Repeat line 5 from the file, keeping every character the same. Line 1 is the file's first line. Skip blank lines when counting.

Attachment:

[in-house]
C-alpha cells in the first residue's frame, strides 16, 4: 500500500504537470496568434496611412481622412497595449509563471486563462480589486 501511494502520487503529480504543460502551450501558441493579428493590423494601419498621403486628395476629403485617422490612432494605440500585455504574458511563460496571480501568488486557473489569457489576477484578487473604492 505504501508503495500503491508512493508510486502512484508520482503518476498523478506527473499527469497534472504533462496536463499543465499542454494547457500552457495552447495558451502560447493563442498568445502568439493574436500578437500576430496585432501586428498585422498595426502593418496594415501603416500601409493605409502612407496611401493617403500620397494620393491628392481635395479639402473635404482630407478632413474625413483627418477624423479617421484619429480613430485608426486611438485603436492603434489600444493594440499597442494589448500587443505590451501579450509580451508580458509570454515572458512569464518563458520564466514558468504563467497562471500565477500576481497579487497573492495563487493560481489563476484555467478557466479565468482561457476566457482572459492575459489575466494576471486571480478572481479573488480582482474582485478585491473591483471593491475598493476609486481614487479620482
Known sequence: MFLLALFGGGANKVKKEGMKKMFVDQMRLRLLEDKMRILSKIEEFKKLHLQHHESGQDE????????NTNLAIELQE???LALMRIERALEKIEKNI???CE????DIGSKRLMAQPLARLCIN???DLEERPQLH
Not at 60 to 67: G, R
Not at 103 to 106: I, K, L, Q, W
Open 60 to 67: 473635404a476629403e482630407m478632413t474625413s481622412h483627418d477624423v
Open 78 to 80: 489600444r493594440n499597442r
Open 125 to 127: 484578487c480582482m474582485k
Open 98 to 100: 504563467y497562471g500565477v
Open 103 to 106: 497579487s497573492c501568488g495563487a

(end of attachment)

Not at 103 to 106: I, K, L, Q, W